Skip to main content

Advertisement

The association of body size in early to mid-life with adult urinary 6-sulfatoxymelatonin levels among night shift health care workers

Abstract

Background

Adult body mass index (BMI) has been associated with urinary melatonin levels in humans; however, whether earlier-life body size is associated with melatonin, particularly among night shift workers, remains unknown.

Methods

We evaluated associations of birth weight, body shape (or somatotype) at ages 5 and 10, BMI at age 18 and adulthood, weight change since age 18, waist circumference, waist to hip ratio, and height with creatinine-adjusted morning urinary melatonin (6-sulfatoxymelatonin, aMT6s) levels among 1,343 healthy women (aged 32–53 at urine collection, 1996–1999) in the Nurses’ Health Study (NHS) II cohort. Using multivariable linear regression, we computed least-square mean aMT6s levels across categories of body size, and evaluated whether these associations were modified by night shift work.

Results

Adult BMI was inversely associated with aMT6s levels (mean aMT6s levels = 34 vs. 50 ng/mg creatinine, comparing adult BMI ≥30 vs. <20 kg/m2; Ptrend <0.0001); however, other measures of body size were not related to aMT6s levels after accounting for adult BMI. Night shifts worked prior to urine collection, whether recent or cumulatively over time, did not modify the association between adult BMI and aMT6s levels (e.g., Pinteraction = 0.72 for night shifts worked within two weeks of urine collection).

Conclusions

Our results suggest that adult BMI, but not earlier measures of body size, is associated with urinary aMT6s levels in adulthood. These observations did not vary by night shift work status, and suggest that adult BMI may be an important mechanism by which melatonin levels are altered and subsequently influence chronic disease risk.

Background

Melatonin (5-methoxytryptamine) is a hormone with cancer-protective properties [1], which can also enhance endothelial function [2,3] and reduce inflammation [4]. It is secreted predominantly during darkness (i.e., at night), with little production throughout the day [5]; however, its nocturnal production is also suppressed within minutes if light reaches specialized retinal photoreceptors at night (e.g., during night shift work) [6]. In the general population, measurements of melatonin’s primary urinary metabolite, 6-sulfatoxymelatonin (aMT6s), in first morning urine samples closely correlate with plasma melatonin levels measured during the previous night [7,8], and some epidemiologic studies have associated lower levels of aMT6s with an increased risk of breast cancer [9-11] and several cardiovascular disease markers[12-15]. In addition, body size throughout life (beginning at birth and including adult body mass index; BMI) has been related to breast cancer risk [16,17] and cardiovascular disease [18,19]. Moreover, inverse associations between adult BMI and aMT6s levels have previously been observed [14,20,21]. Still, previous studies have not examined the relation of earlier-life body size on melatonin levels in adulthood.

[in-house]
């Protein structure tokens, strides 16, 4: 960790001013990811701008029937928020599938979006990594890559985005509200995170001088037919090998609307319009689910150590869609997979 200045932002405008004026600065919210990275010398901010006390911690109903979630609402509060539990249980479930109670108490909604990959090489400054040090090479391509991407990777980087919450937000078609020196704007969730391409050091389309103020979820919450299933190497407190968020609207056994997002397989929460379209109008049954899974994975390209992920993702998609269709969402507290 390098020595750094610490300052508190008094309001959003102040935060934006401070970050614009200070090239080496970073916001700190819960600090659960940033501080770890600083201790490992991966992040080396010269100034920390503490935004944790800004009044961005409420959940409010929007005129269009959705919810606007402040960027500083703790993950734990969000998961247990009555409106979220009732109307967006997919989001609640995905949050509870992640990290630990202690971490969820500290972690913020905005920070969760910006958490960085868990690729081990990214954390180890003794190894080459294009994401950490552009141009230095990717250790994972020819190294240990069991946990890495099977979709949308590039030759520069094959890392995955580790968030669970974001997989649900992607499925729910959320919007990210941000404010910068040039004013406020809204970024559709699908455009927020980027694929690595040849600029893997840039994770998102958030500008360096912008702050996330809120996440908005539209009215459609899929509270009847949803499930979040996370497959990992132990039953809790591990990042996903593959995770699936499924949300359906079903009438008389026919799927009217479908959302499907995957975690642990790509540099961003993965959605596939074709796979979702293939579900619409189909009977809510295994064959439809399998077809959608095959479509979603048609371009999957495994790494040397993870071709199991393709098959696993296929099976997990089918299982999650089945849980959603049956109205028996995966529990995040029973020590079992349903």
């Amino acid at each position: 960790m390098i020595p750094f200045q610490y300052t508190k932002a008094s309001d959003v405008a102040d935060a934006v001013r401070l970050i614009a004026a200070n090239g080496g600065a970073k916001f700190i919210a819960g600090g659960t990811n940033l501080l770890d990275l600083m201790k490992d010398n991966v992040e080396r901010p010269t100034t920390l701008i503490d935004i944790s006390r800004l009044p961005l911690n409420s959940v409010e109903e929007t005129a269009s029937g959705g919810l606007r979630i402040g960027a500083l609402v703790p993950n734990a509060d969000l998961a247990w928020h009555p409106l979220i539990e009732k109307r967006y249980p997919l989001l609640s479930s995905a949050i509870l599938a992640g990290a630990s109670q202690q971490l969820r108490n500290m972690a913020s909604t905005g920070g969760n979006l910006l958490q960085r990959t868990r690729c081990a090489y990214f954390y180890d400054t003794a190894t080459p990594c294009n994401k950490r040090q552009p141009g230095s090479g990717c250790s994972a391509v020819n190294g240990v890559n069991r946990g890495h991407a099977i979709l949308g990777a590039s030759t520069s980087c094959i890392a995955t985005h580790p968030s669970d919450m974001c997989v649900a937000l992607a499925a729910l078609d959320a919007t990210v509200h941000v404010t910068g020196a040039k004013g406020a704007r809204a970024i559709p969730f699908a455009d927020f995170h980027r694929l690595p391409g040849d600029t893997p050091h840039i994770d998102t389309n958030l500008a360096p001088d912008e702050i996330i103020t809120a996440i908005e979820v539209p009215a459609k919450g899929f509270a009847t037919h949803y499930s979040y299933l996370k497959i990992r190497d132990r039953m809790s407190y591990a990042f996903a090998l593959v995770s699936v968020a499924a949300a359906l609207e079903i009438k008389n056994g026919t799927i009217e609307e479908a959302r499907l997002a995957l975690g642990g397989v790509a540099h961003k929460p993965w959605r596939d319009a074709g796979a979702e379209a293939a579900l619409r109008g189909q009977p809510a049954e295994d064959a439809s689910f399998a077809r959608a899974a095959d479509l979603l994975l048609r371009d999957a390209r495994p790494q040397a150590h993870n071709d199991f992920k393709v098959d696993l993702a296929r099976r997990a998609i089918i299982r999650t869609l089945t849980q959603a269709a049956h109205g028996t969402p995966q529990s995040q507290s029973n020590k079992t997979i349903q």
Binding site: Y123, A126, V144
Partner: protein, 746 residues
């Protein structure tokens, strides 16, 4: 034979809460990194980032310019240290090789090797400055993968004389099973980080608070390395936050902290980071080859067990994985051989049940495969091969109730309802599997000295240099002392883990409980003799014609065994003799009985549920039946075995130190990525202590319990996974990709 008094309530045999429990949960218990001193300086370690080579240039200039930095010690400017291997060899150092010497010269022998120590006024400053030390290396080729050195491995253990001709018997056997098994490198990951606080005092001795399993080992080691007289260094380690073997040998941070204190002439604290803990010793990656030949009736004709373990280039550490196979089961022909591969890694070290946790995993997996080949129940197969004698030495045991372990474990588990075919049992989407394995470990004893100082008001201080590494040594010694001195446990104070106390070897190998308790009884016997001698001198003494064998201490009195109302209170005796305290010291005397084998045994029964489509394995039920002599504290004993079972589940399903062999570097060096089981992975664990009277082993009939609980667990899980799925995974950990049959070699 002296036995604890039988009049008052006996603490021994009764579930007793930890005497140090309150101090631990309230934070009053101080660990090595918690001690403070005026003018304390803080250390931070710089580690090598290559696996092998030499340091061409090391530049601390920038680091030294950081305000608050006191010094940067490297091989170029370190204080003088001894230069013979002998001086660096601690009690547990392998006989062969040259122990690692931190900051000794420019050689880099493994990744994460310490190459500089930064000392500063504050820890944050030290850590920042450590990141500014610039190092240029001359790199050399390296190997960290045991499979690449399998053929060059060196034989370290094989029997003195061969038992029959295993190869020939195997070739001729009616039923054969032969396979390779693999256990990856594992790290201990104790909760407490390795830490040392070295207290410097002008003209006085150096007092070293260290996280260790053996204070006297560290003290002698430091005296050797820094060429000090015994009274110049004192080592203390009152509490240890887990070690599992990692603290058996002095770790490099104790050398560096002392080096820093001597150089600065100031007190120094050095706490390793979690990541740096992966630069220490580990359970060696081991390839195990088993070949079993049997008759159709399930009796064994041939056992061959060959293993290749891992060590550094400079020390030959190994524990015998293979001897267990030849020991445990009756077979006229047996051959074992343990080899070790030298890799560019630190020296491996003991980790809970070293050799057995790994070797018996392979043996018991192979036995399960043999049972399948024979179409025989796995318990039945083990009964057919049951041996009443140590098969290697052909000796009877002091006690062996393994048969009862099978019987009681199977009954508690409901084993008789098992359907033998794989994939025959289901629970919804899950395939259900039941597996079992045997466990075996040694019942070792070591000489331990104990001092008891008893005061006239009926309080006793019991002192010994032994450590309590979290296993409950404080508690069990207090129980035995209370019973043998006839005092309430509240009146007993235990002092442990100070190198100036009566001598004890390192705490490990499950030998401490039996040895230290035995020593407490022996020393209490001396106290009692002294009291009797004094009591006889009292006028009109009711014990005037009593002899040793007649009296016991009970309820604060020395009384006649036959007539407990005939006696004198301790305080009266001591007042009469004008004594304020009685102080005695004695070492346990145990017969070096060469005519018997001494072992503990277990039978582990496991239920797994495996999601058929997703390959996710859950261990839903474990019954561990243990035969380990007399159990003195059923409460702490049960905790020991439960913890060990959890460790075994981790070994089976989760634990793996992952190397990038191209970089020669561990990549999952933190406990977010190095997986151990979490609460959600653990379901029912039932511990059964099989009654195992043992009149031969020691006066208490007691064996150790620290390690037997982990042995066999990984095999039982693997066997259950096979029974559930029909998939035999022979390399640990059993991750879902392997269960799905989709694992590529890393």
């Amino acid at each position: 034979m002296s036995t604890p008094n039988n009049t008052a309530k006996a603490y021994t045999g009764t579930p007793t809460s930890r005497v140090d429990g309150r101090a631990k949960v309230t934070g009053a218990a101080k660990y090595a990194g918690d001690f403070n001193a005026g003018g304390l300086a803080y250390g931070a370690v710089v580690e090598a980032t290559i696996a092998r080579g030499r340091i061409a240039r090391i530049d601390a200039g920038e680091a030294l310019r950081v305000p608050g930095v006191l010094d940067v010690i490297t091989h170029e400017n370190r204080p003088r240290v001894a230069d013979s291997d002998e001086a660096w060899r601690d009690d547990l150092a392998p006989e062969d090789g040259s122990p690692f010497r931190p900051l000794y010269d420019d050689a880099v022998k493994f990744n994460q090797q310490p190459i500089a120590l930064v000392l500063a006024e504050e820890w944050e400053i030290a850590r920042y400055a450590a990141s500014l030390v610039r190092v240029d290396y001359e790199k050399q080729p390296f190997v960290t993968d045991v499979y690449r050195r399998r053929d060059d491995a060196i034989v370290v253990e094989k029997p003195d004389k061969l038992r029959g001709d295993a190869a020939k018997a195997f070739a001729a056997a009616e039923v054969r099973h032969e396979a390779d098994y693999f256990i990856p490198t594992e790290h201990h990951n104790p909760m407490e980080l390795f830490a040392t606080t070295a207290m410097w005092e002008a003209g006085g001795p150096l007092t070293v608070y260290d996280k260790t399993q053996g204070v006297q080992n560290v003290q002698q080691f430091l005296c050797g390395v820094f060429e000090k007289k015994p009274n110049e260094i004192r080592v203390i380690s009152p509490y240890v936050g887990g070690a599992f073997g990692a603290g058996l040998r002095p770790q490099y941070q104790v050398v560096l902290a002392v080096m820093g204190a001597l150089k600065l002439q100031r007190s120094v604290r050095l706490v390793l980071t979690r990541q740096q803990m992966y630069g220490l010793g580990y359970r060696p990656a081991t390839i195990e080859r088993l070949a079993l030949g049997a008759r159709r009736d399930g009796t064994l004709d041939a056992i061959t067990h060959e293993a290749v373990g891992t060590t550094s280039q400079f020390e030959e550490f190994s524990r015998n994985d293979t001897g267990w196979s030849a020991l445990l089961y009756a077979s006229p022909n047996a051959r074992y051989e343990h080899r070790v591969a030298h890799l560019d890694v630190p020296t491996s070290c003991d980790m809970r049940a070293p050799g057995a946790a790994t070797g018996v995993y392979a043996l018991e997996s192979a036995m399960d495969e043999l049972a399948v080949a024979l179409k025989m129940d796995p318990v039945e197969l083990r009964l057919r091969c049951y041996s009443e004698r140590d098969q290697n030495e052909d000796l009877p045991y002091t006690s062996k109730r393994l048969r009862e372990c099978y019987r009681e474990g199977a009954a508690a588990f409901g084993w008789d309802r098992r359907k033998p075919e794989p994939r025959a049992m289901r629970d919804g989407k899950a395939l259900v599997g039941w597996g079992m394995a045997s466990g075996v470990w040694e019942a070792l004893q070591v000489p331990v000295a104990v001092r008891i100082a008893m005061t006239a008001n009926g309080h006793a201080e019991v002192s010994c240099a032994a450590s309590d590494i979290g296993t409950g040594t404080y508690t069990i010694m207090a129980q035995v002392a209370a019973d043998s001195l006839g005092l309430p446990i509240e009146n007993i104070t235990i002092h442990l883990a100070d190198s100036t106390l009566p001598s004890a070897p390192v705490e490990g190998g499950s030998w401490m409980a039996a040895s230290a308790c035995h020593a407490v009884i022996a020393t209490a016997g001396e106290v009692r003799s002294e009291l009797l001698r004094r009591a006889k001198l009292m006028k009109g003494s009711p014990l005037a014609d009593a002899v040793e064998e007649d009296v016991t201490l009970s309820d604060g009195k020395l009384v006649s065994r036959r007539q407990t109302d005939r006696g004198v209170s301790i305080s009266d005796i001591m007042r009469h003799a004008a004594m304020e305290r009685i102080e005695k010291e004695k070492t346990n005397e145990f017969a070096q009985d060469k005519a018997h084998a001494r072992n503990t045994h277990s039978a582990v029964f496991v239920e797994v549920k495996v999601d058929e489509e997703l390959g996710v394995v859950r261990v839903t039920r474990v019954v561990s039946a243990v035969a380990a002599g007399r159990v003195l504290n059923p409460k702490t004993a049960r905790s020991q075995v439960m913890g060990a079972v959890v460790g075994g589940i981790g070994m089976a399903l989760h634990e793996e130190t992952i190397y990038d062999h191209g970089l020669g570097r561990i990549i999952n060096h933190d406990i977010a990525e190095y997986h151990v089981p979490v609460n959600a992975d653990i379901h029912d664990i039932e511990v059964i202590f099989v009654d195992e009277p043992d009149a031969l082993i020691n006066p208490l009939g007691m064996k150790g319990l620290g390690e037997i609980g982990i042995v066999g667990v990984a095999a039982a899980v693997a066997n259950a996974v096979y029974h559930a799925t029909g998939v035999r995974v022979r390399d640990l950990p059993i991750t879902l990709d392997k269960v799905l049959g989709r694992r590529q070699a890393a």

Methods

The Nurses’ Health Study (NHS) II cohort was initiated in 1989, when 116,434 female registered nurses, aged 25 to 42, returned questionnaires on lifestyle, medical history, and health status. Biennial questionnaires are used to update this information, with >90% response rates for each questionnaire cycle. First morning urine collection occurred between 1996–1999. Collection methods and laboratory measurement of melatonin secretion have been described elsewhere [22-24]. Briefly, urine samples were assayed for aMT6s concentrations as part of previous nested case–control studies of breast cancer [9] and hypertension [23,25], with aMT6s levels creatinine standardized (aMT6s concentrations divided by concentration of creatinine) to account for differences in urine sample concentrations [20].

Information on body size was collected from questionnaires completed at urine collection and biennial cohort questionnaires. A woman’s birth weight and number of full-term pregnancies were ascertained in 1991. Women reported height, weight at age 18, and somatotype at ages 5 and 10 in 1989. To assess somatotype, women were asked to recall their body fatness at the specified age with a nine-level figure diagram [26], a method which correlates with weight and height measurements in childhood (r = 0.57 at age 5, r = 0.70 at age 10) [27]. In addition, women reported waist and hip circumference in 1993, and current weight was ascertained at urine collection and used to calculate adult BMI (kg/m2). Night shift work history was ascertained for the 2 weeks prior to urine collection (in number of nights worked), 2 years prior to urine collection (in months of night shift work), and cumulatively throughout life (in years) up to urine collection; our shift work assessments are detailed elsewhere [20,28]. aMT6s values that were below the limit of detection for the assay (<0.80 ng/mL, n = 10) were set equal to this limit. Because mean values of aMT6s concentrations differed by cycle at which aMT6s were measured in the breast cancer case–control study, we recalibrated aMT6s and creatinine values using drift samples. The original assay results and rerun results were highly correlated (r > 0.90) for all cycles, thus the different assays were measuring the same analyte despite differing absolute levels. Further details have been described elsewhere [24]. Absolute values of melatonin were similar in the breast cancer and hypertension nested case-control studies. In addition, we used the Generalized ESD Many-Outlier Procedure [29] to remove outliers in our aMT6s measurements from the breast (n = 7) and hypertension (n = 17) nested case-control studies. After these exclusions, there were 1,343 controls included in these analyses.